Biden visits site of George Floyd protests in Wilmington

Presumptive Democratic presidential nominee Joe BidenJoe BidenThe Hill's Campaign Report: Runoff elections in Texas, Alabama set for Tuesday Biden campaign slams White House attacks on Fauci as 'disgusting' Biden lets Trump be Trump MORE paid a visit to the site of Saturday night's protests in Wilmington, Del., amid the fallout from the death of George Floyd.

"We are a nation in pain, but we must not allow this pain to destroy us. We are a nation enraged, but we cannot allow our rage to consume us. We are a nation exhausted, but we will not allow our exhaustion to defeat us," Biden said in a Sunday statement posted to the social media site, accompanied by a photo of him in a mask speaking with a man and child across a line of police tape.

"The only way to bear this pain is to turn all that anguish to purpose," he added. "And as President, I will help lead this conversation — and more importantly, I will listen, just as I did today visiting the site of last night's protests in Wilmington."

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The nation is reeling after cities saw demonstrations turn violent amid growing outrage over the death of Floyd, an unarmed black man killed in police custody in Minneapolis on Monday. Wilmington saw what at first appeared to be peaceful protests turn violent Saturday as some demonstrators began looting businesses, causing the city's mayor to speak out.

"It's disheartening, disappointing," Mayor Mike Purzycki told Delaware News Journal on Sunday morning. "I'm trying to reconcile what happened with Minneapolis with what happened here. I'm feeling the revulsion in both cases. I think it's important that all sides come together and try to understand the grievances, but talk about solutions."

President TrumpDonald John TrumpWayfair refutes QAnon-like conspiracy theory that it's trafficking children Stone rails against US justice system in first TV interview since Trump commuted his sentence Federal appeals court rules Trump admin can't withhold federal grants from California sanctuary cities MORE on Sunday sought to pin the blame for the growing unrest on Biden and Democrats, calling for Democratic mayors and governors to "get tough" amid footage of violent street clashes and looting in cities including Los Angeles, Minneapolis and Washington, D.C.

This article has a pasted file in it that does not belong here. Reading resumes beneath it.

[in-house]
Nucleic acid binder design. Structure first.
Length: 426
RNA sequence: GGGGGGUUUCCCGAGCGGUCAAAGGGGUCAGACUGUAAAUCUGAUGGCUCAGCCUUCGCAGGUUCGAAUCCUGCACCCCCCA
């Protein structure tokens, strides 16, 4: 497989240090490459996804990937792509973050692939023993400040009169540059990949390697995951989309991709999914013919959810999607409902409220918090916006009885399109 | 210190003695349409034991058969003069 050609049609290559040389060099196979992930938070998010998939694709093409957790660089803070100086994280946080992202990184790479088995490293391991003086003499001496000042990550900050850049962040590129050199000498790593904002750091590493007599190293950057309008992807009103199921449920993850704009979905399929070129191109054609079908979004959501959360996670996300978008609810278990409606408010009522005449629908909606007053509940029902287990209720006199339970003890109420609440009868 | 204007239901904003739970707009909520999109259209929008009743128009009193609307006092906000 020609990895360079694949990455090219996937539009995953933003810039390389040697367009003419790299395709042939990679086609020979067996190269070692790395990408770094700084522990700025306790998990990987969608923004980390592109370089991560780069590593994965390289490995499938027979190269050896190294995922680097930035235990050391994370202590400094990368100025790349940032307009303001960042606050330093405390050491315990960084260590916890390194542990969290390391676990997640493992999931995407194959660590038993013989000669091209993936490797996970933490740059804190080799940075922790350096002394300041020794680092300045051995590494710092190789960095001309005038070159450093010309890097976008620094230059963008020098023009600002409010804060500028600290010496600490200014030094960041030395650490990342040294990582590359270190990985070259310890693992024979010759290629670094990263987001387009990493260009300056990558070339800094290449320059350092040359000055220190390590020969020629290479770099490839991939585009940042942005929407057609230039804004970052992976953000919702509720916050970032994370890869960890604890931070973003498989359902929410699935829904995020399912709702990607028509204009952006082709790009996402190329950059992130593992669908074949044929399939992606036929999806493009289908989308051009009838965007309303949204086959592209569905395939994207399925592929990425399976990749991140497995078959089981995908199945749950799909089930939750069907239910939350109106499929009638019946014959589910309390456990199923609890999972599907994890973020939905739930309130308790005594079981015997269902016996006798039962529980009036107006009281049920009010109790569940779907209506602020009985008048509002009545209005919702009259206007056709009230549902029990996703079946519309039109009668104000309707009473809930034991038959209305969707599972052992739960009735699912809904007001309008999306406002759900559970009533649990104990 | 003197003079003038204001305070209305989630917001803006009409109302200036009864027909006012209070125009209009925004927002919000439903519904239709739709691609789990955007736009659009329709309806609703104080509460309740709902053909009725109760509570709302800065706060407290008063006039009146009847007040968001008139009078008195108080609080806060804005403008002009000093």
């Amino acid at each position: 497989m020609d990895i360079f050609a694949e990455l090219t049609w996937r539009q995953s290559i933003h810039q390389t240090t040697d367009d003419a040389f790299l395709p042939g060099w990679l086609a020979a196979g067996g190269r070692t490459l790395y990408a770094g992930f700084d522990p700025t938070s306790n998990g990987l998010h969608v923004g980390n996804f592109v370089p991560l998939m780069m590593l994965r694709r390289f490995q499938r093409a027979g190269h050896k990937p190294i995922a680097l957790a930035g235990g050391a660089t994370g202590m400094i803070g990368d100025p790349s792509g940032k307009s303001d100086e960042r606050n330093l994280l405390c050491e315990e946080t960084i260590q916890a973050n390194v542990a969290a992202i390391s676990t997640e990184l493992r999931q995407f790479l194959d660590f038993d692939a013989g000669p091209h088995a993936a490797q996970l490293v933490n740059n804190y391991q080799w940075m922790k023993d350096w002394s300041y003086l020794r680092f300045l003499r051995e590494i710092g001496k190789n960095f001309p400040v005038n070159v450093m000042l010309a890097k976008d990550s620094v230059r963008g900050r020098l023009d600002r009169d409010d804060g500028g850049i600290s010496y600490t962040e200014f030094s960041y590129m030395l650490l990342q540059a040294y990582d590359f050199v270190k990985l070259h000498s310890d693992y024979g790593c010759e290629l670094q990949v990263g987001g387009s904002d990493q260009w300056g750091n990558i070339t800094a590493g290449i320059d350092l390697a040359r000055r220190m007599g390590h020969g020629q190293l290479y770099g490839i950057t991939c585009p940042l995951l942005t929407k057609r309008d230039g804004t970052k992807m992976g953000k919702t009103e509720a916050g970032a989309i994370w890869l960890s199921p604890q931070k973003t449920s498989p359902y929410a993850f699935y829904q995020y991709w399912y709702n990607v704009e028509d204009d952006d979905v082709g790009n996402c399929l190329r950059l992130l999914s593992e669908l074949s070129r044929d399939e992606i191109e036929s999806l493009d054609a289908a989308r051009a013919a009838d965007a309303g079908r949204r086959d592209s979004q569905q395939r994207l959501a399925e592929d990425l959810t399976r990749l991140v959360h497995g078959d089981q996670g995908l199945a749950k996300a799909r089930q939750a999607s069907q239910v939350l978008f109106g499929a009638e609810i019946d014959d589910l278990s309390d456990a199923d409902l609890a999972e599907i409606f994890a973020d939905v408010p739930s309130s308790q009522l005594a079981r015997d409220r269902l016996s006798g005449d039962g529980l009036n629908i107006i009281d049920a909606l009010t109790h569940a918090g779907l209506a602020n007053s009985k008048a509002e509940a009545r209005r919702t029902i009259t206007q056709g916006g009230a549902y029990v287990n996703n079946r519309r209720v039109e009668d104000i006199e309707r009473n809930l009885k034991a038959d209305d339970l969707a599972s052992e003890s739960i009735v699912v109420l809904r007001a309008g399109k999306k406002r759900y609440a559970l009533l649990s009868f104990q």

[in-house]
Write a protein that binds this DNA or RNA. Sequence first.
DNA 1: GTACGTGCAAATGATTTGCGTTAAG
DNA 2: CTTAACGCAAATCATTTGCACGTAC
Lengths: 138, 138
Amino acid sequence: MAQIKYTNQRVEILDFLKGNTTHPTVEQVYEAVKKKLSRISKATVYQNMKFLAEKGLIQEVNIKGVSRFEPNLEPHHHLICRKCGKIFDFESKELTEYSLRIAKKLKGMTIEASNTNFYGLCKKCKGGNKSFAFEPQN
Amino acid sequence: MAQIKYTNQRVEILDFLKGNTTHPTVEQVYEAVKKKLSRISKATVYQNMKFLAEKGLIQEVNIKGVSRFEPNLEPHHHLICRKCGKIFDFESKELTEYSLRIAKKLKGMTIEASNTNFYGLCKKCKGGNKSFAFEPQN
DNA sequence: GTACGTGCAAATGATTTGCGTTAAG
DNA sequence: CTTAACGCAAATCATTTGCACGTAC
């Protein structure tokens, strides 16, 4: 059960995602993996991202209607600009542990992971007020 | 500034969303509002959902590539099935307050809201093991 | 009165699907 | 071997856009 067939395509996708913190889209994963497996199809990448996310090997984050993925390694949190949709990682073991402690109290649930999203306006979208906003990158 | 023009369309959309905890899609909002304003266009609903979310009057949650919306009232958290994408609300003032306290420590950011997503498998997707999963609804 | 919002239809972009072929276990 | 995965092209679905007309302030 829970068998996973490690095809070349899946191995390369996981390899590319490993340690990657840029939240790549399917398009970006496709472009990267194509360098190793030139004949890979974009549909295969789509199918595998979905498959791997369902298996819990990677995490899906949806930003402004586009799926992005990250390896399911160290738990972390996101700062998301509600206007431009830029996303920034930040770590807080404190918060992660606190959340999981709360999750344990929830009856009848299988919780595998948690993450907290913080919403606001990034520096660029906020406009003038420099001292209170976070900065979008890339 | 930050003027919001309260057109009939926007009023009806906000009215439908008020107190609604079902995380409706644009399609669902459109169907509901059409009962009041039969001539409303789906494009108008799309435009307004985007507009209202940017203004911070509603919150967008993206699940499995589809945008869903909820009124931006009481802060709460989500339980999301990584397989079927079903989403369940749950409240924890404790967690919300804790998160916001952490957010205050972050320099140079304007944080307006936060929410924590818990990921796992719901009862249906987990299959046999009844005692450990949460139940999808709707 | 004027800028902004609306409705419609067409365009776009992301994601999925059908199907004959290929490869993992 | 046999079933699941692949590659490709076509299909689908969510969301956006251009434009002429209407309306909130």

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The president's rhetoric has drawn criticism from leaders who accuse him of further stoking racial tensions at a time when the unrest shows no sign of abating. Biden released a statement earlier on Sunday in which he acknowledged the importance of protesting police brutality while also condemning the violence seen at some of the demonstrations.

“The act of protesting should never be allowed to overshadow the reason we protest,” Biden said. “It should not drive people away from the just cause that protest is meant to advance.”

Protests ignited last week after a video emerged showing a white police officer kneeling on Floyd's neck as Floyd said he couldn't breathe. He died in police custody shortly afterward. 

Floyd's death, along with other similar recent incidents including the death of a black woman named Breonna Taylor who was shot and killed by white police officers in her home in Louisville, Ky., has become a flashpoint in a country already struggling with the coronavirus pandemic, which has killed black Americans in disproportionate numbers. 

Biden has seen strong support among older black voters, though recent remarks in which he said "you ain't black" if you vote for Trump sparked criticism even among some of his closest allies. 

A Washington Post-ABC News poll released Sunday found Biden with a double-digit lead over Trump, as the country prepares for an increasingly bitter election fight.